> depend on a strict matching of versions with the underlying library, so
> distributing them seperately doesn't really make sense to me. You need
> the underlying libraries, so why not get the matching bindings from the
> same place?  We found that the situation was exacerbated by the fact
> that no-one cared about updating the bindings on pypi.

I did build a

#if LIBNOTMUCH_MAJOR_VERSION < 5
#error libnotmuch version not supported by notdb
#endif

into my current bindings which kind of allows you to do this to some,
hopefully reasonable, level.
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Re: New Python bindings (was: Crash with Python bindings)

2018-03-28 Thread Floris Bruynooghe
On Wed, Mar 28 2018, Brian May wrote:

> Justus Winter  writes:
>
>>> This is exactly what I have fixed in my alternative bindings which I
>>> created around the end of last year [0].  So we do have an idea of how
>>> to fix this, at the time I said I do believe that it's possible to also
>>> do this for the existing bindings even though it is a lot of work.
>>> After some talking between dkg and me we got to a way forward which
>>> proposed this, but I must admit that after messing a little with getting
>>> a pytest run integrated into the notmuch test-suite instead of using tox
>>> I lost momentum on the project and didn't advance any further.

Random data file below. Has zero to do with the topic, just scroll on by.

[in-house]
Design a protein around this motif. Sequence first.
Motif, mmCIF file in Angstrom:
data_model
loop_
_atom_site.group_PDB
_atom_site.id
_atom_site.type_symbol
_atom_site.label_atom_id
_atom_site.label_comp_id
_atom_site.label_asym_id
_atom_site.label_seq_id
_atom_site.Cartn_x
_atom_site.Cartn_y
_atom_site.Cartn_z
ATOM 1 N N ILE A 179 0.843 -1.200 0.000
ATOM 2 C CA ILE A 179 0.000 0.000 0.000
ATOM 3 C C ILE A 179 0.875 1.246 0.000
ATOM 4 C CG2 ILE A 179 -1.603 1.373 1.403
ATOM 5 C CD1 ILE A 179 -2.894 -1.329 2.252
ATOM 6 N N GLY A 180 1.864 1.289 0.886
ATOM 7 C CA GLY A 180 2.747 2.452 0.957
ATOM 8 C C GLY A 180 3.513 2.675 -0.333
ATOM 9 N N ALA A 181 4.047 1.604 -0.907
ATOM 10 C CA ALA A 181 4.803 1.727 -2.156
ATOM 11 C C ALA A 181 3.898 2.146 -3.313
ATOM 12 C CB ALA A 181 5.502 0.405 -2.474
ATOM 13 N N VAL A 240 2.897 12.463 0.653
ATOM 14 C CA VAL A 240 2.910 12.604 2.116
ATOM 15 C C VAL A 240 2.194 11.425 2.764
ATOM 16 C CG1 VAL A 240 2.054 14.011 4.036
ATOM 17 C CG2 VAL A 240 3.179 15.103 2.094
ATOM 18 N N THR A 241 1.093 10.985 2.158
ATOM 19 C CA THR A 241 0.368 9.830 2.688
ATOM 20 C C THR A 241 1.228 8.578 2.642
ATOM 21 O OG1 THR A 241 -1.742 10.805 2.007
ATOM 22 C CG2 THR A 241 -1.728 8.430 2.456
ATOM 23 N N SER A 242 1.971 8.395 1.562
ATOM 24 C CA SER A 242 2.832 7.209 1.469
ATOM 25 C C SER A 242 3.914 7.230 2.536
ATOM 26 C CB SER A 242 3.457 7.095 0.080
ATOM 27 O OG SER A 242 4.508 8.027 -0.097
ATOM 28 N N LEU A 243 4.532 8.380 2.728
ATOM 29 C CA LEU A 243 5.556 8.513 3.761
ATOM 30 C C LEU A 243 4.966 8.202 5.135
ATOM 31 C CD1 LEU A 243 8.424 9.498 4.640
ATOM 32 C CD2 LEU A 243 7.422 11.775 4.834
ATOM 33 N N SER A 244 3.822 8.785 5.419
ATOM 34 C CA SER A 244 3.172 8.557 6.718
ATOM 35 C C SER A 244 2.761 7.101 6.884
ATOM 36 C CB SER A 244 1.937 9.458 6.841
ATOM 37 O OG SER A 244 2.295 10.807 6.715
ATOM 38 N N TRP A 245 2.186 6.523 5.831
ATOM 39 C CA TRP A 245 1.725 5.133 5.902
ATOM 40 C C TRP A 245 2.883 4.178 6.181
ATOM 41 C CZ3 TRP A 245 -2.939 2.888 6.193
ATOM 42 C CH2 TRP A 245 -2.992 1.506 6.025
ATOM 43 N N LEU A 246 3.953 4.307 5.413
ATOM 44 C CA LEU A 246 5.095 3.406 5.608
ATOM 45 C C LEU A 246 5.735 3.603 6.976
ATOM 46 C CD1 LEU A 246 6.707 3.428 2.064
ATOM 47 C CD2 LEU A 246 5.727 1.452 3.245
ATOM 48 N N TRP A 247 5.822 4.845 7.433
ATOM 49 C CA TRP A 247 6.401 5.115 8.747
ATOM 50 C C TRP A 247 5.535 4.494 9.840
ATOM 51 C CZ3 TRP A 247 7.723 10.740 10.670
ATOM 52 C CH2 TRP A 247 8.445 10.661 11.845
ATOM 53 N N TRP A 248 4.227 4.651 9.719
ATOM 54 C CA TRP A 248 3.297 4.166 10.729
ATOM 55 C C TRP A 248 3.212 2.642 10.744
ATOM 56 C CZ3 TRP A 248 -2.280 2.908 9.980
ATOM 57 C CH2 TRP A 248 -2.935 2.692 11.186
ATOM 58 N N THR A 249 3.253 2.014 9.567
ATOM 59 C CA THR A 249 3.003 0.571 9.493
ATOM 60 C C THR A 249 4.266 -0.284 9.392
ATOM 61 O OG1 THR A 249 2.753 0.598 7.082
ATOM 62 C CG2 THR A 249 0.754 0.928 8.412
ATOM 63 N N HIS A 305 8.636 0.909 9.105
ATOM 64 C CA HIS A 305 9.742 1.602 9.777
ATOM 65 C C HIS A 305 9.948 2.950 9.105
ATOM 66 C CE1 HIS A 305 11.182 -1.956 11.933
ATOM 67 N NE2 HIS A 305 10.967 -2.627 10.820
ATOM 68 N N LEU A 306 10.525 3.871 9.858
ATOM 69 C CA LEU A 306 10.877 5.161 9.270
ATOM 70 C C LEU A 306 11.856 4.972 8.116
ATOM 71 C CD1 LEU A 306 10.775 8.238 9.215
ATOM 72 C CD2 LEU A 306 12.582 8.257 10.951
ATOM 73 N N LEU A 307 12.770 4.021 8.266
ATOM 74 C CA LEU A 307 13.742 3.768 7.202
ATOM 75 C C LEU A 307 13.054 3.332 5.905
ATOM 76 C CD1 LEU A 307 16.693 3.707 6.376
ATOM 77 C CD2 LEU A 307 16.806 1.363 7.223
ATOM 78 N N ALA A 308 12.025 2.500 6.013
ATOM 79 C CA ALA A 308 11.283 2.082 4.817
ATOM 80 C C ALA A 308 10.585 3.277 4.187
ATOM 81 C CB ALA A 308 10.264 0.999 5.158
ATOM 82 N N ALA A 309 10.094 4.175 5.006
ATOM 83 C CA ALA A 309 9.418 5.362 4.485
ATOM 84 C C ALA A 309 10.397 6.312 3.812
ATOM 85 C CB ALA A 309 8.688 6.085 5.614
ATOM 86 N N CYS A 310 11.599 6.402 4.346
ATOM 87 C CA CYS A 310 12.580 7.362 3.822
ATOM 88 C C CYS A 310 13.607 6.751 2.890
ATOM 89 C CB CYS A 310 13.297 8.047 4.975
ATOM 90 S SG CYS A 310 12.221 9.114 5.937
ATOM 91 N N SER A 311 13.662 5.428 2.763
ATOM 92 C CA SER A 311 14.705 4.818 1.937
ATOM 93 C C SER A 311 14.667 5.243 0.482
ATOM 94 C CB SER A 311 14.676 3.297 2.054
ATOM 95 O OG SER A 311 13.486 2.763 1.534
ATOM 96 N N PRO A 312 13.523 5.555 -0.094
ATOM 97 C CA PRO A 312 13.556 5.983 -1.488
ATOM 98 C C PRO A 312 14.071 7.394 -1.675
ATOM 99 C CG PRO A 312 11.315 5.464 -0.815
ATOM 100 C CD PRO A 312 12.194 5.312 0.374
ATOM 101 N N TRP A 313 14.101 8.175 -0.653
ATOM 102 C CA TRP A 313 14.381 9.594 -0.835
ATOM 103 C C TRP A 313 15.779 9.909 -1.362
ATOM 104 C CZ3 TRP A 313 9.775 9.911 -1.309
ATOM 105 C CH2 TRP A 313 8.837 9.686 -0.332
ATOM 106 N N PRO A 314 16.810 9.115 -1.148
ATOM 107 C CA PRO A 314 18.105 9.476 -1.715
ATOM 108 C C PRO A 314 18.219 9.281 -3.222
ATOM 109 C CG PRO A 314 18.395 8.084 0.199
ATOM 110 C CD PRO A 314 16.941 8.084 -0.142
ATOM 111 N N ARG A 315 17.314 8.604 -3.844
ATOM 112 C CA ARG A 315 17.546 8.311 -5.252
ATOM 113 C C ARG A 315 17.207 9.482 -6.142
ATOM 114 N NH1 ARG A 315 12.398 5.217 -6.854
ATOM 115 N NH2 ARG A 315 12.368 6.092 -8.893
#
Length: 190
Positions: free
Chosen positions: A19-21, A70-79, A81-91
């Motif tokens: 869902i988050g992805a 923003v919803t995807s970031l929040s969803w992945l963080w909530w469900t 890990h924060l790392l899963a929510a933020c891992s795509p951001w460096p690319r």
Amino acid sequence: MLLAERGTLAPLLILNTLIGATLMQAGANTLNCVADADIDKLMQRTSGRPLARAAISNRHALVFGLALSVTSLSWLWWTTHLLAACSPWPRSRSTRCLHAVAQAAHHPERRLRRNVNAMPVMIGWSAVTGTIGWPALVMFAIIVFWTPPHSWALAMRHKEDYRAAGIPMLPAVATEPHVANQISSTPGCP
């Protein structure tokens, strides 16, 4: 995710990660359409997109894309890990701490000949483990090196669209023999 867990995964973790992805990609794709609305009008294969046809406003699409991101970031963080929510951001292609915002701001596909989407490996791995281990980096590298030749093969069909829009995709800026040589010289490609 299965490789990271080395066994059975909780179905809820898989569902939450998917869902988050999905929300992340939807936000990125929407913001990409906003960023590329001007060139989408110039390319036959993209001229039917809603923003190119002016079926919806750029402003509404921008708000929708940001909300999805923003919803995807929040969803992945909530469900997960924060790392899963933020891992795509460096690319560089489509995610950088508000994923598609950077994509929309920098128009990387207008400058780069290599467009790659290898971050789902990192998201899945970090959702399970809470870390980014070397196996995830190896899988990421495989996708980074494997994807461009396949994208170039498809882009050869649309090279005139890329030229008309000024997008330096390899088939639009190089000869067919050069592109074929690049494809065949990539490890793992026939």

>>
>> I'm sorry that I didn't speak up when you announced your work.  I'm
>> actually excited about a new set of bindings for Python.  I agree with
>> using cffi.  I briefly looked at the code, and I believe it is much
>> nicer than what we currently have.
>
> I can into this thread late. However, my priorities for python bindings
> would be:
>
> * I don't care about anything less then Python 3.5.
> * Reliable Python 3.6 support important.
> * Packages should be available from pypi.python.org

Well, the 1st two should already be covered on my
https://github.com/flub/notmuch/tree/cffi branch.  There's obviously
still room for improvement.
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Re: New Python bindings

2018-03-28 Thread Floris Bruynooghe
On Wed, Mar 28 2018, Justus Winter wrote:

> Floris Bruynooghe  writes:
>
>> On Wed, Mar 21 2018, Justus Winter wrote:
>>>